The Danger of Normality in J.M. Barrie’s Peter and Wendy and Jeanette Winterson’s Oranges Are Not the Only Fruit
academic essay by Tristen Kiri Brudy
Western society, the legal system and families are traditionally geared to protect children in order to properly prepare them for life as adults. The idea of putting a child in danger seems foolish at best and destructive at worst. However, for the queer child ‘danger’ can be viewed as not only beneficial but necessary as it allows the child to thrive outside of heteronormative developmental structures. Authors as varied as J.M. Barrie and Jeanette Winterson use danger to explore the ‘queer’ child, the child that does not or cannot fit into normal, safe structures. Within the novels Peter and Wendy and Oranges Are Not the Only Fruit, children explore dangerous ways of living in order to achieve a form of queer self-actualization. For these authors, queer is not simply equated with homosexuality. In her article on queer theory, Katherine Watson likens being queer to being a “person in flux, contesting boundaries, eliding definition and exhibiting the constructedness of categorization” (74). Queer relates both to a sexual categorization and the inability of a subject to conform to any sort of categorization. As these two texts demonstrate, one of the strategies of queer literature is to put children in danger so that they can fully realize their queerness. Only when they are freed from the ‘safety’ of both protective figures and heteronormative models can Peter and Jeanette come into their own as ‘queer.’
J.M. Barrie’s classic play turned novel, Peter and Wendy, places children in extreme danger. From deadly battles with pirates to poisoned medicine to the brutality of the Peter Pan regime, children in the novel are constantly in danger. Free of authoritative adults and any semblance of the rule of law, the realm of Neverland places Peter and the Lost Boys far outside the safe confines of normal family life or polite society. They seem to straddle an uncertain line between manly warfare and childish play. However, it is precisely this dangerous existence, free from parental input or guidance, which allows Peter to explore a queer kind of living.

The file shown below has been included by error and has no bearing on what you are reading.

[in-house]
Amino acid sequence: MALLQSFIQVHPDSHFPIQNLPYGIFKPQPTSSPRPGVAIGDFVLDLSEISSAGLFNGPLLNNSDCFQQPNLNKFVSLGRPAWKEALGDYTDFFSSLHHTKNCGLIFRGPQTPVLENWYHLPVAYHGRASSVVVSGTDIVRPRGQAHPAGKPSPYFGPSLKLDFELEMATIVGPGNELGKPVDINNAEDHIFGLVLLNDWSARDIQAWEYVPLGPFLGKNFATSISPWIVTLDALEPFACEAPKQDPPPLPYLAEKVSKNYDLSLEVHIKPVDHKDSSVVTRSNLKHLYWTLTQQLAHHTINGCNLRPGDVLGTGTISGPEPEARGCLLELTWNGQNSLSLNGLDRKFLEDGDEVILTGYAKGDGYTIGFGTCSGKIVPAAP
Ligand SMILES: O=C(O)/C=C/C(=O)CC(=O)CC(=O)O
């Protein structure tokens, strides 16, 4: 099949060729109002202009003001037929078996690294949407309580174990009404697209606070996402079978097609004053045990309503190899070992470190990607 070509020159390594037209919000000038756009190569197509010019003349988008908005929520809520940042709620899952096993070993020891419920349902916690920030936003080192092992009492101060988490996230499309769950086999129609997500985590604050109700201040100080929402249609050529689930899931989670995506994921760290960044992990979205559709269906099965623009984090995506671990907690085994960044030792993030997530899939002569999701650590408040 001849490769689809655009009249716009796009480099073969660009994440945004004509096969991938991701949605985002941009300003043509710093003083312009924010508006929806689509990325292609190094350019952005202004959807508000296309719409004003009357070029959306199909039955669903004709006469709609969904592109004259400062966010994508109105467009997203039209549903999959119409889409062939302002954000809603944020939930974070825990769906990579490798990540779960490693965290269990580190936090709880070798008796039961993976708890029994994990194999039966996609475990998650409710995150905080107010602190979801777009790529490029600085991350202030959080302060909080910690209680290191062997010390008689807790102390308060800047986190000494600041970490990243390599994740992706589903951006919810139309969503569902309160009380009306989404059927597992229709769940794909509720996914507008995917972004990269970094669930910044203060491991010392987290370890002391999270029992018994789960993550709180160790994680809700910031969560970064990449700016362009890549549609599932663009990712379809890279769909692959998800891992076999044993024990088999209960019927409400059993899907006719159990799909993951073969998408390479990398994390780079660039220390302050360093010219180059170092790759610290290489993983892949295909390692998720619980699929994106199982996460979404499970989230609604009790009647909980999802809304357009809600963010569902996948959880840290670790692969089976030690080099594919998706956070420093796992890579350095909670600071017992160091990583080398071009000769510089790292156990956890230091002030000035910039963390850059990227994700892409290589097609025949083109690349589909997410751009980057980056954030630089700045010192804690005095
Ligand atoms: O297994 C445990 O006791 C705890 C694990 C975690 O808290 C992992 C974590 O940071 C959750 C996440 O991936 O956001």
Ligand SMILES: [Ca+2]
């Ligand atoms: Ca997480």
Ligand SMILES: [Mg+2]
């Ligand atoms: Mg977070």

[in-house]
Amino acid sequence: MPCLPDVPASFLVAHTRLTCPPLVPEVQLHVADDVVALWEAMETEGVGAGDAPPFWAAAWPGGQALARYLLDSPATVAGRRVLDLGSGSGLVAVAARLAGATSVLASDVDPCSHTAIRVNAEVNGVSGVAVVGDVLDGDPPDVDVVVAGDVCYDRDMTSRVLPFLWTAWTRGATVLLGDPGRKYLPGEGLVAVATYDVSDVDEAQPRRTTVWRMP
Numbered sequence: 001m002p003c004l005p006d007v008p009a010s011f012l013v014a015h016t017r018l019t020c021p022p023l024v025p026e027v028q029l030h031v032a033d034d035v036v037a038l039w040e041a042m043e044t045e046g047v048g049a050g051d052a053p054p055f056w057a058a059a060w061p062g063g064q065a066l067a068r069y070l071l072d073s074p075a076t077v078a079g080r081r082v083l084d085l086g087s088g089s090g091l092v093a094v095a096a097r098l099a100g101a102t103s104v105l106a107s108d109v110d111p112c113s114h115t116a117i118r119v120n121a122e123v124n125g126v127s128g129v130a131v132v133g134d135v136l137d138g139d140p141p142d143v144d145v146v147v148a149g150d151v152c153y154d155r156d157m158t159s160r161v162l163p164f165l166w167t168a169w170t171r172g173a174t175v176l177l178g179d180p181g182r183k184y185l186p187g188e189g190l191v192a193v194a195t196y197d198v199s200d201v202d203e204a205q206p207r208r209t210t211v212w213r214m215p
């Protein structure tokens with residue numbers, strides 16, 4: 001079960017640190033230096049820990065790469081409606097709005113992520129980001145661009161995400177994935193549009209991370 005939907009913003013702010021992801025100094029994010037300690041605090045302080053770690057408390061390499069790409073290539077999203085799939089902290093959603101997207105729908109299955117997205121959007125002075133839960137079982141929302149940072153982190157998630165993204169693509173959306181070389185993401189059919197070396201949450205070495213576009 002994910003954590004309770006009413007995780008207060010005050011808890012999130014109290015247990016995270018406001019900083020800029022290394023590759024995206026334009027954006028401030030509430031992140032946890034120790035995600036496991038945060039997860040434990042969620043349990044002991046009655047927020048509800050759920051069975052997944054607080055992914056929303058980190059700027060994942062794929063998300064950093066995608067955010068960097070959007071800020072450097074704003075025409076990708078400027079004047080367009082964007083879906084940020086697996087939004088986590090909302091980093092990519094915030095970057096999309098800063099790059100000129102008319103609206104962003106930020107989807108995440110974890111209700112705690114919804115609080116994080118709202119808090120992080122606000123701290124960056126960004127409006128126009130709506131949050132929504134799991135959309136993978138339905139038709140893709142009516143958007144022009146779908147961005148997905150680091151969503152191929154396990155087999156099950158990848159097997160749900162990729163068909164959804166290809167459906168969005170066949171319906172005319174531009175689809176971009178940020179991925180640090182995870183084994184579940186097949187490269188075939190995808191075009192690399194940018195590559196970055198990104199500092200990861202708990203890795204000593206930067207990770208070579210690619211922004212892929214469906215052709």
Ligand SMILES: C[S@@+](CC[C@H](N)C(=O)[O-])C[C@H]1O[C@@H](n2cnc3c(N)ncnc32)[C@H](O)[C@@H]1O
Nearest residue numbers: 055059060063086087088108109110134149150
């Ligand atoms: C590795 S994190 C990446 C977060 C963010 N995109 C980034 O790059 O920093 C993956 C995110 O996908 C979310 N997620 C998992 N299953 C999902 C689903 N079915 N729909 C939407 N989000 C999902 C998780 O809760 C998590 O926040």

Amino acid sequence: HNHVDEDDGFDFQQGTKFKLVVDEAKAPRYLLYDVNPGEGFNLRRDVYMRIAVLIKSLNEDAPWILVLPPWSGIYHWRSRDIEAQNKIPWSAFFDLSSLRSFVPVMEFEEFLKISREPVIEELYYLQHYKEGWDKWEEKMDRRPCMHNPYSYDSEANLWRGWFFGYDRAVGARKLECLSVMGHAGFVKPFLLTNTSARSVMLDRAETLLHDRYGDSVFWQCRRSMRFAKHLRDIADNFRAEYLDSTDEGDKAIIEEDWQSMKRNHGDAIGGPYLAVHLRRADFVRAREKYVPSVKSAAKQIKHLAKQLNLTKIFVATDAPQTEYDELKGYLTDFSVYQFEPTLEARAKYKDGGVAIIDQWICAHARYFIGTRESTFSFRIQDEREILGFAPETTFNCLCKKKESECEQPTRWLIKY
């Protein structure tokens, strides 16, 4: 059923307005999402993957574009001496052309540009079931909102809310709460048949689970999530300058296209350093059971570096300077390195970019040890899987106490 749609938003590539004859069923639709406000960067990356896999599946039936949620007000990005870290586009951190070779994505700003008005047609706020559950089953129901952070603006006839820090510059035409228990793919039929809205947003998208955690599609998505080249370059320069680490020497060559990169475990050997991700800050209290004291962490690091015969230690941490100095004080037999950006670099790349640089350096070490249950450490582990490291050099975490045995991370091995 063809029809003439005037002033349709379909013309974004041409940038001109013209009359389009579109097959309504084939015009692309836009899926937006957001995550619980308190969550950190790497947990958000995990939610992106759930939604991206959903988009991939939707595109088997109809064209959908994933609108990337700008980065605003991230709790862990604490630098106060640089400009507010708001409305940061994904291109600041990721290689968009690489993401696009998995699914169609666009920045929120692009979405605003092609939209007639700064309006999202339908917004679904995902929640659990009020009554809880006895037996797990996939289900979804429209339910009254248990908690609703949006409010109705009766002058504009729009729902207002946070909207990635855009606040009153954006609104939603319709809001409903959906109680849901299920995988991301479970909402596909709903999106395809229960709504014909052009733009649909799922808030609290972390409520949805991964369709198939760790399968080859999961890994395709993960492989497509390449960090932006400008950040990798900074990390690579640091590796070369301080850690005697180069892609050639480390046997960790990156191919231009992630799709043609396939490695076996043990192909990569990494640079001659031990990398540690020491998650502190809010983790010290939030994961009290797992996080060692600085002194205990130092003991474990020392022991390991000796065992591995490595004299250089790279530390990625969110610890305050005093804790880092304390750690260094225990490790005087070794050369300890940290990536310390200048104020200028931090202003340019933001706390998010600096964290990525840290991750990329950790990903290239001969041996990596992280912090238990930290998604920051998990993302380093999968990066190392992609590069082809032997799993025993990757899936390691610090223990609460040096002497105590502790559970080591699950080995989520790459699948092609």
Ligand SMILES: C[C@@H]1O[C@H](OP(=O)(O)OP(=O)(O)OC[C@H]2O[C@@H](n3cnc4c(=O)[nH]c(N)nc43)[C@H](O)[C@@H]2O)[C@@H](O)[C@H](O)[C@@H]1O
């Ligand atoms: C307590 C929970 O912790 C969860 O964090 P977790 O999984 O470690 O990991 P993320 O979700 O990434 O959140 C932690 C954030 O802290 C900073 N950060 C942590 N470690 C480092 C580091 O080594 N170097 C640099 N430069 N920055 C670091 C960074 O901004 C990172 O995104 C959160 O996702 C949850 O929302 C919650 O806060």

Throughout the novel, Peter Pan queers his own existence by mentally, emotionally and physically rejecting traditional reality. In addition to his inability to physically mature by ageing, Peter seems incapable of holding onto a stable vision of the world around him. The novel is dotted with incidents where Peter seems curiously unable to remember the simplest of narratives or even the other inhabitants of Neverland. On a number of occasions during the flight to Neverland, Peter forgets the Darling children and asks Wendy to keep reminding him who she is: “if you see me forgetting you, just keep on saying “I’m Wendy,” and then I’ll remember” (Barrie, Wendy 62). He also very easily forgets his archenemy, Captain Hook, and his old familiar, Tinker Bell. Peter Pan is not the only child whom Neverland robs of their processes of recollection. The Darling children very quickly feel the mental effects of their new environment as they have trouble recalling details about their parents. Neverland not only endangers heteronormative or physical growth; it seems to attack any sort of stability in the boys’ lives by rendering any mental or emotional growth impossible. Peter Pan is rendered queer by an environment that disallows any sort of development along socially acceptable lines.
In contrast to the wildness of Peter Pan and the Lost Boys, Wendy seems to offer a safe and normal alternative to the dangerous lifestyle that Neverland affords. In his psychoanalytical essay, “Wendy’s Story: Analytic Perspectives on J.M. Barrie’s Peter and Wendy,” Adrian Smith argues that Wendy, in contrast to Peter, represents the universal human experience of passing from childhood to adulthood (Smith 518). Within the framework of Neverland, she constructs herself as a model of feminine virtue and maternal wholesomeness. She takes on the role of mother to her siblings and the Lost Boys when Peter claims that all they “need is just a nice motherly person”(Barrie, Wendy 105). Despite her protestations that she has no real experience, Wendy fulfills her new role immediately. She polices the Lost Boys, tells them bedtime stories and performs a variety of domestic tasks. Even her own siblings refer to her as “mother.” Wendy fits into a heteronormative model in more than just her posturing as a mother figure; she also attempts to encourage Peter Pan to fit this domestic model by pressuring him into becoming a husband and father figure. Peter is more than happy to have Wendy act as a substitute mother in the realm of Neverland but has no interest in becoming her male counterpart.